May 9, 2014 - 7:50 pm

In 1952, Congress established the National Day of Prayer. It has been observed on every first Thursday in May since 1988, but this year's day of prayer celebration was my favorite--by default. It was the first I've attended, quite by accident.

Here's how that happened. On Thursday, May 1, a film crew from Holland'sHumanist Broadcasting Foundation arrived at my hometown of Charleston, South Carolina to interview me about atheism in the Bible Belt. They planned to film me at an evening event called Reason Fest, sponsored by the Secular Humanists of the Lowcountry. When the film crew learned that the National Day of Prayer rally would also be taking place nearby, they wanted to film me at that prayer event, too.

Though I think a government-sponsored day of prayer should be unconstitutional because our government may not favor one religion over another or religion over non-religion, I reluctantly agreed to attend.


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May 2, 2014 - 7:52 pm

I moved to South Carolina in 1976 to be a math professor at the College of Charleston, a school founded in 1770 that had been receiving modest publicity for its steadily improving liberal arts program. However, it became even better known in 1998 when the College's then-president Alex Sanders jokingly (I think) called its basketball team's upset of third-ranked University of North Carolina the greatest day in the college's glorious history.

Over the past few weeks, the College of Charleston has received more publicity than in its previous 244 years, as the New York TimesWashington PostMSNBC, and other national media outlets featured stories about the college. While I think almost all publicity is good, the "almost" might be applicable here because of the two controversies that led to this publicity. Each involved a choice: of a new president and of a new book.

The Board of Trustees unanimously chose state Lieutenant Governor Glenn McConnell as the next college president, despite strong opposition by faculty and students. A long time defender of the Confederacy, McConnell fought to keep the Confederate flag atop the Capitol dome. While a state senator, his Confederate memorabilia store sold items that included Maurice Bessinger's barbeque sauce, which lots of shoppers and stores were boycotting because of Bessinger's biblically justified pro-slavery tracts, and toilet paper with the image of Union General William Tecumseh Sherman.

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April 23, 2014 - 2:26 pm

Atheists bad, Christians good. That’s my four-word summary of God’s Not Dead.

This anti-atheist movie would be more effective if it didn’t portray every atheist as smug, angry, selfish, obnoxious, and unhappy. In contrast, nearly every Christian is kind, happy, generous. . . well, you get the idea.

The movie’s two protagonists are atheist philosophy Professor Jeffrey Radisson and Christian student Josh Wheaton at fictional Hadleigh University.

Professor Radisson is a bully who on the first day of class uses his bully pulpit to require that each student sign a “God is dead” statement or else convince him that God’s not dead — and, failing that, receive an F in the course. Radisson has been doing this for years, presumably without a complaint from students, other faculty, or administrators. In fact, he is about to become head of the Philosophy Department. He has a live-in girlfriend whom he started dating when she was his student, and he continually berates and belittles her in front of his academic colleagues. She turns to Christianity and finds the strength to get out of this abusive relationship after talking to Pastor Dave (more about him later).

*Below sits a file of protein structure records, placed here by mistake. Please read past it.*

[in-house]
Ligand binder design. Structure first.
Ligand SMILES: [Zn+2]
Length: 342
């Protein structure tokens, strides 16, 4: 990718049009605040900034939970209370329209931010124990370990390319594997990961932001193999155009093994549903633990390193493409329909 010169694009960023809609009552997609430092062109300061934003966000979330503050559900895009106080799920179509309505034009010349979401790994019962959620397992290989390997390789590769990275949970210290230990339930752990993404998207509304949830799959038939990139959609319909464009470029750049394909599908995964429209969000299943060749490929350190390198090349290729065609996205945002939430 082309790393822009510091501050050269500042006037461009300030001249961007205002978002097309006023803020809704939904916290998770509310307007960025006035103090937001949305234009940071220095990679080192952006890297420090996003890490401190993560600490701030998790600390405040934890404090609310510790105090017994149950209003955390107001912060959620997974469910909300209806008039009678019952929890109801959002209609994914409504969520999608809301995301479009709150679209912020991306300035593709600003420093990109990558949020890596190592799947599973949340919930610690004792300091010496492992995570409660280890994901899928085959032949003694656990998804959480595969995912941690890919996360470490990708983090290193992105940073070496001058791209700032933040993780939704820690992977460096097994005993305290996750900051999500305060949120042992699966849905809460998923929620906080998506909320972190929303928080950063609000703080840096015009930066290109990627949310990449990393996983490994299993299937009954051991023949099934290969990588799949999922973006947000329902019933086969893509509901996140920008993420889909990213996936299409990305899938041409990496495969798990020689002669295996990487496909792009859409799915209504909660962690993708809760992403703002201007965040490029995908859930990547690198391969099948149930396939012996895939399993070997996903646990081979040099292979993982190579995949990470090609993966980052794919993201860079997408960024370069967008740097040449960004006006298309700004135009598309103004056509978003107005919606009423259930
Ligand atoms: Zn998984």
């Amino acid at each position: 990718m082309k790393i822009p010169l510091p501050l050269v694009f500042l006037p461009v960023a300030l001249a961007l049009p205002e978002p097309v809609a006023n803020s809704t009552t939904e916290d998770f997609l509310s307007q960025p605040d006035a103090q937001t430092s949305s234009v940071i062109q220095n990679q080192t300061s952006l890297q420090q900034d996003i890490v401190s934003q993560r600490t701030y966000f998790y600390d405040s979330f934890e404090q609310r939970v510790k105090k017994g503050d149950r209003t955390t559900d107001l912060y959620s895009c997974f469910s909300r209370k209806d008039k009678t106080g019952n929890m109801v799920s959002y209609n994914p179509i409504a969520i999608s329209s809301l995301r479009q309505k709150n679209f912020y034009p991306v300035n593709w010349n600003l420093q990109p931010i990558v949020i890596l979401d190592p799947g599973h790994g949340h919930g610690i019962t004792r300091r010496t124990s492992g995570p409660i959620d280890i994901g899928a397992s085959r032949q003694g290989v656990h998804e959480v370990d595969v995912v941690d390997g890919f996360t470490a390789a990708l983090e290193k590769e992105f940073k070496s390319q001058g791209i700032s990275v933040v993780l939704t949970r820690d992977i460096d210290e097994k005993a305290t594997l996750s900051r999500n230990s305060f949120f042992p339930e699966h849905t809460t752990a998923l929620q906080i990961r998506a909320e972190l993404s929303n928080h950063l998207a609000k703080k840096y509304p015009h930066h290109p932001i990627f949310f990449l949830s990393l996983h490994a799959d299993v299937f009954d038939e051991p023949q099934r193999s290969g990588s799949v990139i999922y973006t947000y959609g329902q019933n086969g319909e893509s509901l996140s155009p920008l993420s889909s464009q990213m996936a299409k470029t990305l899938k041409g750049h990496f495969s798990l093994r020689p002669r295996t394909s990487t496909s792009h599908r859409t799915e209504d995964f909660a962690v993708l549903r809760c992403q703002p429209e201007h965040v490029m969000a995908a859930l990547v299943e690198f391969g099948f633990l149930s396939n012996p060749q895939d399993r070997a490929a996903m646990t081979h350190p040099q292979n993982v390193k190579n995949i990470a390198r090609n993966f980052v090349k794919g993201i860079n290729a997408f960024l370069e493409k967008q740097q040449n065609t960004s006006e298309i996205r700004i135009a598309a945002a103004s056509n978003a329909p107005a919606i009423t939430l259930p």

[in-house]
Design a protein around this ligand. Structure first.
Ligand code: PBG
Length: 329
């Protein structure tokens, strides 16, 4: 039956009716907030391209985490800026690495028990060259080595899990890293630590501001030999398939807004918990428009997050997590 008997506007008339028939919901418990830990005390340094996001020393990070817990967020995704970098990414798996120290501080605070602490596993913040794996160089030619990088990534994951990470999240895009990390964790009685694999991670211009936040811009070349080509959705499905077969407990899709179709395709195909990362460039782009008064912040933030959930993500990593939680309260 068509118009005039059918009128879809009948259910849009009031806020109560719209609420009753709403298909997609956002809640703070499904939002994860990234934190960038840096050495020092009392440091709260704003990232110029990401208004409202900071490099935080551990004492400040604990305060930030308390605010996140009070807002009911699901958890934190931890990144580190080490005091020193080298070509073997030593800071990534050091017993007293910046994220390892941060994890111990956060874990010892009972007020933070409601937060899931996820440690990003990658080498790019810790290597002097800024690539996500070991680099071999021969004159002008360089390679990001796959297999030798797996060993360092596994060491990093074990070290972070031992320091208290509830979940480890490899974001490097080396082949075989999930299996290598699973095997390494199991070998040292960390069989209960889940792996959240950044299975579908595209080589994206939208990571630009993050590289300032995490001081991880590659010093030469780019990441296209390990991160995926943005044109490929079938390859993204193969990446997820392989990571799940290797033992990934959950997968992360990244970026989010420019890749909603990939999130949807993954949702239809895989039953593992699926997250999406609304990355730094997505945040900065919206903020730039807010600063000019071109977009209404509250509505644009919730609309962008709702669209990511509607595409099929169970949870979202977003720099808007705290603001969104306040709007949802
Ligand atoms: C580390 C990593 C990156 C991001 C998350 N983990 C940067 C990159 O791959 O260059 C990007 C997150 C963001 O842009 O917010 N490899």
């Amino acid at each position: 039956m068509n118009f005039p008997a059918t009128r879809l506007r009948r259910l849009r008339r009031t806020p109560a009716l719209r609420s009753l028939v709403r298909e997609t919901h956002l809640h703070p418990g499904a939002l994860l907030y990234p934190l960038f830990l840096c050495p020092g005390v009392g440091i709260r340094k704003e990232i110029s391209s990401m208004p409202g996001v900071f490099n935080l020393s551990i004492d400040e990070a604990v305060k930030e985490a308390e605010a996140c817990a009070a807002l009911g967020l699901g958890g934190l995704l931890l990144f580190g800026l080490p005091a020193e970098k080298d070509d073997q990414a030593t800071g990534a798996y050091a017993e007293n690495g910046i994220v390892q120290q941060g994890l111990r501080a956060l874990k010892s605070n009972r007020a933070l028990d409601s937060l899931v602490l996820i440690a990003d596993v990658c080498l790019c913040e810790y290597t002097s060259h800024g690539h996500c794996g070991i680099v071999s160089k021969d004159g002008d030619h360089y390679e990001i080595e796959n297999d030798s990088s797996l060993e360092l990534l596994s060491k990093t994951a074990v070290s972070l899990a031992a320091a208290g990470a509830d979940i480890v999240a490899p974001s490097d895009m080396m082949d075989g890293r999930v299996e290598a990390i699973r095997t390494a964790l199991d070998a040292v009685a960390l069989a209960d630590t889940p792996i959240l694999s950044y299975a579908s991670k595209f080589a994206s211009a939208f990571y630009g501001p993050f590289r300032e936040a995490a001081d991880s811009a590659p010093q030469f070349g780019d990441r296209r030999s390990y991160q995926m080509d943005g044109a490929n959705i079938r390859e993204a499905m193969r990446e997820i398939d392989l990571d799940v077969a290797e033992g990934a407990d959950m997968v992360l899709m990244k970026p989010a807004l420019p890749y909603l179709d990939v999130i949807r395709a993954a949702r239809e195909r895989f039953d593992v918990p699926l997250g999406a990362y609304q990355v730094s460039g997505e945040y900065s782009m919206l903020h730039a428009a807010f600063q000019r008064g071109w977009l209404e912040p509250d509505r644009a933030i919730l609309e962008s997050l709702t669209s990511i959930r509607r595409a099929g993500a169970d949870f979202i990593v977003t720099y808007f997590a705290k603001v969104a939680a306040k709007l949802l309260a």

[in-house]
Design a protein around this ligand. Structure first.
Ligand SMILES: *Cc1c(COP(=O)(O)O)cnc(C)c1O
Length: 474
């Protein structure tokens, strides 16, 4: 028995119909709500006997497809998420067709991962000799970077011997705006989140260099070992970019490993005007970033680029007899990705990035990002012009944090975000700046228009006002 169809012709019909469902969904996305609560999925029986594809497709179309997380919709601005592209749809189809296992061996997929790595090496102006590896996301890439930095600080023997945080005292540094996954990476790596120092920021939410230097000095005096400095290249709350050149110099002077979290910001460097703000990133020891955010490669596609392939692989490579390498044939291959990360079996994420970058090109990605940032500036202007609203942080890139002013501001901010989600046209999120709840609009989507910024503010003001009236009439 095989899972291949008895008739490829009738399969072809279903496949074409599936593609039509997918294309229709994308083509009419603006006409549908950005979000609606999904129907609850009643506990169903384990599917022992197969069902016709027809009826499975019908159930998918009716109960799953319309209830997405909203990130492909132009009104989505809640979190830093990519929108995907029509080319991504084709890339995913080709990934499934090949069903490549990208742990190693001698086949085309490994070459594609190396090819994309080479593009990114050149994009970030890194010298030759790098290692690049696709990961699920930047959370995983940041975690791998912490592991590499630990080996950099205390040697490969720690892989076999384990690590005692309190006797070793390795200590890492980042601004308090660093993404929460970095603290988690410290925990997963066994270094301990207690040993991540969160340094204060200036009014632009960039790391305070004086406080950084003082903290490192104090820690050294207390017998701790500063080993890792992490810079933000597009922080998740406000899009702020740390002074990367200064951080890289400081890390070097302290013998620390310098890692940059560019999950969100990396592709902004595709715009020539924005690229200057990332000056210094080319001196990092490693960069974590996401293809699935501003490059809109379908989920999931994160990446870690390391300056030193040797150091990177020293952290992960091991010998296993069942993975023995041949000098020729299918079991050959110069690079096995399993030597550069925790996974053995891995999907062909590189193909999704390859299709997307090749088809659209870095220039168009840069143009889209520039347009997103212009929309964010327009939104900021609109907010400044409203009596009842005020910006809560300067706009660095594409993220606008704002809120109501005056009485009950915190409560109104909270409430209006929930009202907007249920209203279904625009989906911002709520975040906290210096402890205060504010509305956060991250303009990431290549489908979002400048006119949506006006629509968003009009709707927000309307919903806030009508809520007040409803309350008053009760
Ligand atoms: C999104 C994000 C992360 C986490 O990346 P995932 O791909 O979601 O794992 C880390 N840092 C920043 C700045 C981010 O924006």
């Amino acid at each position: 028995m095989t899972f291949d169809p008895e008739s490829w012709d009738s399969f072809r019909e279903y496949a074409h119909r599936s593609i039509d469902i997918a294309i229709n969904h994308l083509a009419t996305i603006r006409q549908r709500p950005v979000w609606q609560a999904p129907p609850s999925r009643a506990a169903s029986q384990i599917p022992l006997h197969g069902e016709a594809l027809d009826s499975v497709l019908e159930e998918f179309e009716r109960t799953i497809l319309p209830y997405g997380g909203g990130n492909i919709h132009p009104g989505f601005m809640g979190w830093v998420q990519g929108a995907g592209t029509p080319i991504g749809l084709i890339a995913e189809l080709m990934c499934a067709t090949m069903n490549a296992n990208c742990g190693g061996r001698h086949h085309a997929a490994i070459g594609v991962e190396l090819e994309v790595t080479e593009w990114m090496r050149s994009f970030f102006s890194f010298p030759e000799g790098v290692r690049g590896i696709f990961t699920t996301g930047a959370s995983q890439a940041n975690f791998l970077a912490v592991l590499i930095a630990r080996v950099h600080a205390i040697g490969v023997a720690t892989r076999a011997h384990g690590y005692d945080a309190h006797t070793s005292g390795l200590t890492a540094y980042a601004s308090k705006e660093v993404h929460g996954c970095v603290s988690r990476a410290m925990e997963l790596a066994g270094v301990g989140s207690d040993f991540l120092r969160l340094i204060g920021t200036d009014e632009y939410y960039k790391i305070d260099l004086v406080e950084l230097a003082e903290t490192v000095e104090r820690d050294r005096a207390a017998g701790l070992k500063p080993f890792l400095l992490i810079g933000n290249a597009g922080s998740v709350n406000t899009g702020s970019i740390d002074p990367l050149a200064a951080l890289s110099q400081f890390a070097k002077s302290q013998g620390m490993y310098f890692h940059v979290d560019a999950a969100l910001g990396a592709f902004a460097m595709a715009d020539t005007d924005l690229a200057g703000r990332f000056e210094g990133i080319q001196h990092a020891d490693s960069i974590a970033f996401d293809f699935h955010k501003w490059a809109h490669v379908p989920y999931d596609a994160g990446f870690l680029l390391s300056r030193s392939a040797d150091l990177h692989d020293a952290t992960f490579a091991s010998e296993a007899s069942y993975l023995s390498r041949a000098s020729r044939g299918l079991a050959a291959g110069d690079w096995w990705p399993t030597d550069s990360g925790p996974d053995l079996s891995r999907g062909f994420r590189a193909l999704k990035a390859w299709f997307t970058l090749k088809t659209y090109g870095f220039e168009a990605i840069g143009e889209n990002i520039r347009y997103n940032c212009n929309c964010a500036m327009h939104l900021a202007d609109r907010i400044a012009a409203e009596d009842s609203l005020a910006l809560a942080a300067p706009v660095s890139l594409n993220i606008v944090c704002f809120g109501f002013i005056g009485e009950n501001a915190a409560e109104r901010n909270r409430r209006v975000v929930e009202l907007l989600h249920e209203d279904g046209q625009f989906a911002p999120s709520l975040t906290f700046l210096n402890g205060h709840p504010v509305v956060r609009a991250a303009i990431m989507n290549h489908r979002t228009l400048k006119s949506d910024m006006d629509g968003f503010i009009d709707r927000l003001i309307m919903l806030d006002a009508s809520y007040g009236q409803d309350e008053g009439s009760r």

Continue reading at Faith Street>>

April 16, 2014 - 2:48 pm

Few people will change their worldviews because of a debate. But some Christians might become less inclined to stereotype atheists if atheists debate differently.

As an atheist, I’ve had a number of debates with Christians on topics like whether God exists, whether we can be moral without God, whether science makes belief in God harder or easier, and more recently, whether atheism makes more sense than Christianity.

Usually, debate preparation depends on the topic and what your opponent has previously said, but there are some common strategies that work well in any situation. With a mostly Christian audience, I look for opportunities to change atheist stereotypes and raise questions some might never have considered.

Here are five ways to behave and ten questions to answer in every debate with Christian counterparts:

Five Behaviors

1. Praise the Bible. I like to mention that every educated person should read the Bible (this line is the only time I get cheers from conservative Christians) because it’s an important part of our culture. I also provide a list that includes books like A Demon Haunted World and The History of God to hand out to audience members after the debate.

2. Target the audience. Most conservative Christians are skeptical of whatever I say in a debate. The best I usually hear from them afterward is, “The atheist seemed like a nice person, even though he’s going to hell.” While atheists usually want me to bash religion, I try not to do that because I want to reach open-minded Christians who have never heard an atheist’s point of view from an atheist.

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April 9, 2014 - 10:39 am

What will an atheist find when he attends services at a conservative Christian church in South Carolina?

Editor’s note: Church Invitation is an occasional series at OnFaith where we ask people of various backgrounds to attend houses of worship and write about the experience.    

On Sunday, March 30, I visited St. Andrew’s Anglican Church in Mount Pleasant, South Carolina, just outside of Charleston where I live. The church’s stated vision is to re-evangelize our society and transform our culture. My intention was to learn more about this church that was established in 1827 and now has more than 3000 members. So I attended both the 9 a.m. contemporary service along with several hundred young and old congregants, and then the 10:45 a.m. traditional service with fewer than a hundred people, mostly older.